Ways SLPs can use photo storage boxes
Organizing and storing all our speech therapy materials and resources can sometimes be tricky. I am loving the colorful 4×6 photo boxes found at Michael's. If you are a traveling therapist (either to different rooms or to different campuses), these work perfectly for storing all your therapy task cards and supplies. I have dice and markers in some, a first aid kit, and I store gloves and tongue depressors in another. Really, anything you need for therapy – I can grab what boxes I need and throw them in my therapy bag! I'm using them for a lot for storing and organizing LEGOs and mini objects. Here are some ideas for using photo boxes in speech!
Mini Object Storage:
Trinkets like the Dinky Doodads (ETSY) store well in the 4×6 photo boxes. You can store them by category, sound type, etc. Typically, I will have all the objects out mixed together and have the students pick them up individually & sort them by category or similar semantic features. A great example is sorting play food items, items by color, by how it's used, or location, etc.
Articulation Cards Storage:
The photo boxes are perfect for individual sound collections like these Articulation Cards – they STAY CLOSED so they are perfect for traveling in a speech bag. If I have a student working on a very isolated sound in a specific position at the word level, I can customize objects for that. Another idea is to mix initial-medial-final targets of a certain sound to increase carryover – describing the items helps with this also. I find when kids aren't looking at an articulation card or worksheet, it's less structured and results in a better opportunity for “real world speech.”
I love using the small bagged LEGO sets. They are great quick build activities in therapy. I use these LEGO task cards often. The small bricks fit well in the photo cases and limit the chaos that can come when you have a giant bucket.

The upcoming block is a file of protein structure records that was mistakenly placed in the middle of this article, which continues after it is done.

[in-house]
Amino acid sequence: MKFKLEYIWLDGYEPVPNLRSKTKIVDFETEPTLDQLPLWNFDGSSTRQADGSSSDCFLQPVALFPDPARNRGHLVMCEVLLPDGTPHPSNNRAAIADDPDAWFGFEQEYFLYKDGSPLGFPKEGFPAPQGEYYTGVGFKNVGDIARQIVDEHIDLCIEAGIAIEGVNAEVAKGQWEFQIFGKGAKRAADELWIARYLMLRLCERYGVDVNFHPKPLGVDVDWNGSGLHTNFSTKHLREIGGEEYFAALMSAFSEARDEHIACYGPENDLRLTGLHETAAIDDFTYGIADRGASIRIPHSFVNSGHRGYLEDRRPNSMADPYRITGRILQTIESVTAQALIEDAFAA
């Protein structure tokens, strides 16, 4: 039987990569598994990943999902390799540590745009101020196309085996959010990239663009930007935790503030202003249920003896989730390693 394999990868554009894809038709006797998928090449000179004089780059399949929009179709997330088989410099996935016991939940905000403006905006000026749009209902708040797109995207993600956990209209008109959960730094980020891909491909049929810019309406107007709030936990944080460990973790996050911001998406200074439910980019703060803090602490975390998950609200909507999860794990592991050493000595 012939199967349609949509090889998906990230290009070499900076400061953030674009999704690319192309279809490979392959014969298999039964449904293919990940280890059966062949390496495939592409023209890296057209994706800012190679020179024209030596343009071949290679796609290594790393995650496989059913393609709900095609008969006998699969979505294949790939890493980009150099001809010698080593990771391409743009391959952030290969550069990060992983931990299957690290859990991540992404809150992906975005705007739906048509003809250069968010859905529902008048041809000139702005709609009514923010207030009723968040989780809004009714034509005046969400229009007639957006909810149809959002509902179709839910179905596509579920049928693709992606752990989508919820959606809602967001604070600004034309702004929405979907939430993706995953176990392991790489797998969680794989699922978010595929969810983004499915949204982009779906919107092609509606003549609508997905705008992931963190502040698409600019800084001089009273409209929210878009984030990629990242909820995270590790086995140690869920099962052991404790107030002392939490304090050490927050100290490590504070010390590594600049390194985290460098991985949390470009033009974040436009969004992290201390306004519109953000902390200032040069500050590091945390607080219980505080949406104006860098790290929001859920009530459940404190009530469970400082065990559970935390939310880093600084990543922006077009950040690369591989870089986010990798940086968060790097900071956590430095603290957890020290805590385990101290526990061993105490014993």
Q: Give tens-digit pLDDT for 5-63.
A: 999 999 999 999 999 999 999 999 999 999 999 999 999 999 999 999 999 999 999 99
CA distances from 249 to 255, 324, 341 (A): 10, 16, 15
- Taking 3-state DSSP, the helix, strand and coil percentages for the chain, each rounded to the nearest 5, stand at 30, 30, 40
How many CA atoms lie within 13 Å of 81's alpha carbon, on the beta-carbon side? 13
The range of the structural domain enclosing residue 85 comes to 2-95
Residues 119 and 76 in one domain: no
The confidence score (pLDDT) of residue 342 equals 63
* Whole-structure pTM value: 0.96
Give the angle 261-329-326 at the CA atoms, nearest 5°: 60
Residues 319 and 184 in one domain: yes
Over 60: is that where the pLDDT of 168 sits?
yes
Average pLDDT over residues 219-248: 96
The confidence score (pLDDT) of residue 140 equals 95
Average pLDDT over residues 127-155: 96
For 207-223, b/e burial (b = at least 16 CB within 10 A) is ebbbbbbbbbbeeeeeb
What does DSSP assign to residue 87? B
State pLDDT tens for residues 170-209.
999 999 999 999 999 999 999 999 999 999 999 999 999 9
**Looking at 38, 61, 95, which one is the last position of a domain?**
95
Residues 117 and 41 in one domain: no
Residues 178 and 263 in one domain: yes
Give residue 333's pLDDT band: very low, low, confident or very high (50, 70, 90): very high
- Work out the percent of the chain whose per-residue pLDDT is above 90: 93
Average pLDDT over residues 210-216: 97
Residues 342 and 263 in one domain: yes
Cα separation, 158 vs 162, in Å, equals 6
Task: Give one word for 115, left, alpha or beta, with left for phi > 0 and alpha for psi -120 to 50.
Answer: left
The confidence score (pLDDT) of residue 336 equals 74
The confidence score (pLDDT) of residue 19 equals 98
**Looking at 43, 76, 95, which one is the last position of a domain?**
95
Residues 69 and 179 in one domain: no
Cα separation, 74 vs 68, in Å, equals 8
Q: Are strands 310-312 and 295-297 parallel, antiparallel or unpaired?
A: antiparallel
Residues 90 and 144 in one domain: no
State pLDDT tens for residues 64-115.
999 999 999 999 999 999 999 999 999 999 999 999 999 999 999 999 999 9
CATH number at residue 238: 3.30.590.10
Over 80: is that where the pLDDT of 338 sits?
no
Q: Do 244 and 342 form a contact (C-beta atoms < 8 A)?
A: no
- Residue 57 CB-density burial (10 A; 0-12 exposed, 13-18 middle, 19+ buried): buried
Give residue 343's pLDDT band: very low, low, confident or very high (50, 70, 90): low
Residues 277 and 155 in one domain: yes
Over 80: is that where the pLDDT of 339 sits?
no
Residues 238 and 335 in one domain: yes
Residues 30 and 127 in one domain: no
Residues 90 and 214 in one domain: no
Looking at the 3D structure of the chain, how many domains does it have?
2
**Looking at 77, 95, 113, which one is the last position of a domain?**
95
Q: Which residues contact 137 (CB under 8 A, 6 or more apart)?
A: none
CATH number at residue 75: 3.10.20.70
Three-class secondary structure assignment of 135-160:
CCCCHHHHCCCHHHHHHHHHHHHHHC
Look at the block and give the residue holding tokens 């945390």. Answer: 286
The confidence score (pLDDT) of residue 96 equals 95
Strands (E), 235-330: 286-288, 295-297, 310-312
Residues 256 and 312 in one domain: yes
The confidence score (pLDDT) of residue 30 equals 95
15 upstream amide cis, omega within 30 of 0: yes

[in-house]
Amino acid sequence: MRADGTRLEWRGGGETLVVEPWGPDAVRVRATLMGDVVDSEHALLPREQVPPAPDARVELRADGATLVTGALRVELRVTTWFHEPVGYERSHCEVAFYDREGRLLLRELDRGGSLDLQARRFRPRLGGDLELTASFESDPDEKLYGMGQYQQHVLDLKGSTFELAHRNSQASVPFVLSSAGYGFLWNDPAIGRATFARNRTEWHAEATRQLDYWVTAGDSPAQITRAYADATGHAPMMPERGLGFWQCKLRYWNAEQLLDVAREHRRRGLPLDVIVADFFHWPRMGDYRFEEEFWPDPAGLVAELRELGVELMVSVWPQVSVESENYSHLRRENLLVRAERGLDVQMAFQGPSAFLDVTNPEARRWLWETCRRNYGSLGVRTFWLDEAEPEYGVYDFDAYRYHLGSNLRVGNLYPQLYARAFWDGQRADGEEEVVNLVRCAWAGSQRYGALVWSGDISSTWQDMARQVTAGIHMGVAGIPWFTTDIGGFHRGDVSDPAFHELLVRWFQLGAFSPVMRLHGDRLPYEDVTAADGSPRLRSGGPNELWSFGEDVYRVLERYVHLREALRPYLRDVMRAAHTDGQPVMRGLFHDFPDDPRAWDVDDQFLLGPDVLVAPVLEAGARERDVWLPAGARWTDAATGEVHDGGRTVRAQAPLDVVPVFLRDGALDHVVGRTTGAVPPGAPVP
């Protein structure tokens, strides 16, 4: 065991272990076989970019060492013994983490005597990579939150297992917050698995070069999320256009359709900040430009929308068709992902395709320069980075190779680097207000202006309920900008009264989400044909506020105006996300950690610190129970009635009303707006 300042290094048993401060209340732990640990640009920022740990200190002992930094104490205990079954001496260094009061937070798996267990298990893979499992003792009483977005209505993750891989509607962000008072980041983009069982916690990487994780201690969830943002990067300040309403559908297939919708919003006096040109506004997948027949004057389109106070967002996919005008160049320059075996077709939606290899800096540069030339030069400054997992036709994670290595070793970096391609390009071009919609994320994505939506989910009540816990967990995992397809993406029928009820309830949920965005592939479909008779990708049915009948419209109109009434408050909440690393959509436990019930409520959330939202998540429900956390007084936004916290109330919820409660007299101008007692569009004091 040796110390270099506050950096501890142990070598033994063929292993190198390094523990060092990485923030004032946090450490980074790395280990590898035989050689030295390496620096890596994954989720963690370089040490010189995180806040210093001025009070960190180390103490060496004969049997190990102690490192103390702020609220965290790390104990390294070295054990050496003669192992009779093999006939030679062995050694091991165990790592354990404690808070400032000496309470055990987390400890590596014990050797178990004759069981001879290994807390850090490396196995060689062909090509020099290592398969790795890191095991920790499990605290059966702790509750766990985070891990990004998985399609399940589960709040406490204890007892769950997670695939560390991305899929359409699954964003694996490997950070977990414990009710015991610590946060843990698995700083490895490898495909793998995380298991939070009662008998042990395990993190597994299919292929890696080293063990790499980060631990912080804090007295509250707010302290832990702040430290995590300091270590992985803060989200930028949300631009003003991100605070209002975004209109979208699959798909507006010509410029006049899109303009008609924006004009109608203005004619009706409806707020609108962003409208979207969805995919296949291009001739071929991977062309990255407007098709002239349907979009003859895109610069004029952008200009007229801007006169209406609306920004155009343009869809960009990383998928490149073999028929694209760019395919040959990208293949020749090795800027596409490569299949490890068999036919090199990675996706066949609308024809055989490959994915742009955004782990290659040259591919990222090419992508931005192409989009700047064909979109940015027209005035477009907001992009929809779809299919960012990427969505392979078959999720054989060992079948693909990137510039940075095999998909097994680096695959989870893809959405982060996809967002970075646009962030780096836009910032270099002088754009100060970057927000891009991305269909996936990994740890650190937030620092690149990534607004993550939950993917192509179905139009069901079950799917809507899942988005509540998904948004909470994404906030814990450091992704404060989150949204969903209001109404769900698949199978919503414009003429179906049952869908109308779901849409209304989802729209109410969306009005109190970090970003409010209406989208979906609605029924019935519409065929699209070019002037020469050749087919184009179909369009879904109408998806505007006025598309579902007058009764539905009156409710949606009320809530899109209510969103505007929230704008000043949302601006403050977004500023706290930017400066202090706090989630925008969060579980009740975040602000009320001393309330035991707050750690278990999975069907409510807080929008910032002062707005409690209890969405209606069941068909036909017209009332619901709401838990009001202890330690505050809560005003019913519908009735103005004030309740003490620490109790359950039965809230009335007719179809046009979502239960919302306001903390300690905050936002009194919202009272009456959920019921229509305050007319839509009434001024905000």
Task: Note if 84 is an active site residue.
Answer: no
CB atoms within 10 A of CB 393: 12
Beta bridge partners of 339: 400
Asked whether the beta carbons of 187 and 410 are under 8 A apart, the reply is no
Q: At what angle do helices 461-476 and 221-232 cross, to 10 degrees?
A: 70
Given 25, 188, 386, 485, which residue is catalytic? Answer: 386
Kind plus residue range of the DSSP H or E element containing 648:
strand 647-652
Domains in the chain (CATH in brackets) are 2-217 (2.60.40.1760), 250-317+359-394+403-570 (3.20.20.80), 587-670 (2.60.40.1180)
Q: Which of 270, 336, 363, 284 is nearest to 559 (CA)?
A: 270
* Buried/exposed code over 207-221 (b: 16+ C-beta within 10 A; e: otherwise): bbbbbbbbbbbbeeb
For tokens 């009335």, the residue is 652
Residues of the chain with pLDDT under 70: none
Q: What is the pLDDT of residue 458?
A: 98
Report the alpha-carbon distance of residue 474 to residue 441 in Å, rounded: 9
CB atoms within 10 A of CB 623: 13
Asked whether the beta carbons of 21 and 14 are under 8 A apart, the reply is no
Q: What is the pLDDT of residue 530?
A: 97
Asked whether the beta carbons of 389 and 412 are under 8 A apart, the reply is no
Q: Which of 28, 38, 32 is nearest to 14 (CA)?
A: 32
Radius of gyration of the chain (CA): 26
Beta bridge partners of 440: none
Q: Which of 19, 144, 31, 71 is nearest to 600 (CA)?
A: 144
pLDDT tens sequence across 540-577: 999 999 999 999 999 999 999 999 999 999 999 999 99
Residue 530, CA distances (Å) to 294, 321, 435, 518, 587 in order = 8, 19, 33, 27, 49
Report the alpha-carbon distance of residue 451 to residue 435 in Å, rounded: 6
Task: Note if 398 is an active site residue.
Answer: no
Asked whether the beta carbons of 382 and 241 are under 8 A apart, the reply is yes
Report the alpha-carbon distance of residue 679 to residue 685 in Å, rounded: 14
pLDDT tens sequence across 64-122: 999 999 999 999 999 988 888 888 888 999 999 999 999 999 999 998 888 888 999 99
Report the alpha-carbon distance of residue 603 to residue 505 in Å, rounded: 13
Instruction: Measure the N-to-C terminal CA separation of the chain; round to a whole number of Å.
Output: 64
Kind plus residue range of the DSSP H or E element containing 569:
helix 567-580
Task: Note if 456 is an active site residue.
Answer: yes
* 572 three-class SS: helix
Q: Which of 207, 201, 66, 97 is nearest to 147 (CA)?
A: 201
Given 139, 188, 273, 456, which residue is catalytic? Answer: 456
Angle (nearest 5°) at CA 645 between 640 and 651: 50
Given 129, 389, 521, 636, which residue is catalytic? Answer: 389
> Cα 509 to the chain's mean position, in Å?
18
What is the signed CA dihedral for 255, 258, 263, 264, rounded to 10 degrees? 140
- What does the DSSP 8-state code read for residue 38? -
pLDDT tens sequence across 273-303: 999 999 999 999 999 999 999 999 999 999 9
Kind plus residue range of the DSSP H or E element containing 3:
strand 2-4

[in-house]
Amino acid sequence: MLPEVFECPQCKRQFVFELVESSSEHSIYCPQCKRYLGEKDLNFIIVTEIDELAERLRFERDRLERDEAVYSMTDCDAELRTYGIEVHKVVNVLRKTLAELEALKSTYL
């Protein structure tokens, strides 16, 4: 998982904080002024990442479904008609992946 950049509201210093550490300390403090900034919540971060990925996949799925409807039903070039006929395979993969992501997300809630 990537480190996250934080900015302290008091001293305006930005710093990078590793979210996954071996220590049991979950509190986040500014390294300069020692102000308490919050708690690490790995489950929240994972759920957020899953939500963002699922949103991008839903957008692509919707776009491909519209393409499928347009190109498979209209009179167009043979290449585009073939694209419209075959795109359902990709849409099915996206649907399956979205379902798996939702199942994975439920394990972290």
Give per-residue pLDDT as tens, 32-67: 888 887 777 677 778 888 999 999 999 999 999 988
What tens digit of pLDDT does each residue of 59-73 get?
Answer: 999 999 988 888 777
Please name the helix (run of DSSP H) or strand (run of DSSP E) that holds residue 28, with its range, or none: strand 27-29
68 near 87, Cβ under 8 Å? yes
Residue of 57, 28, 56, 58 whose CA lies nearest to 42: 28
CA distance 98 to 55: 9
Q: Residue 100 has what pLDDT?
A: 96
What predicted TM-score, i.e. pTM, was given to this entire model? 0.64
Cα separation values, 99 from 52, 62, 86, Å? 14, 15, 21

This is one of my favorite ways because you can literally put ANY object in the boxes. I have a written list of steps on how they take each item out and do something with it. Example, “First take out the yellow LEGO and put it on the table. Next, take out the plastic fork and put it in front of the LEGO.” You can pair up or down your modifiers for differentiated difficulty as needed.
As you are making the directions, go through the steps yourself and take a picture of the final result. Then when the student does the steps, they can compare their end result with what it should be like! This offers a GREAT opportunity for teaching them to “check their work” – if something is wrong, have them go back to the steps and see where they missed a step. This is transferable to the classroom for following directions!- How often does a teacher say, “they aren't checking their work!”
Mini Eraser Storage:
I LOVE mini erasers! You can get them seasonally in the Target Dollar Spot, Party City, Walmart and more. I use them in therapy all day long. You can read about using mini erasers in speech. I use the 4×6 photo boxes to store them. I have stored 100 mini erasers in each box – they fit easily!
Mini Sensory Bins:
Using a “mini” sensory bin is perfect when space is a challenge. Maybe you just don't have room for a large tub. I like filling with pom poms, small beans or shredded paper “grass” and then using either my articulation cards or mini objects in there for them to pull out and say.
If you love labeling #allthethings like I do, check out the Mini Box Labels in my TpT store – sized perfectly for the 4×6 photo boxes and they are editable!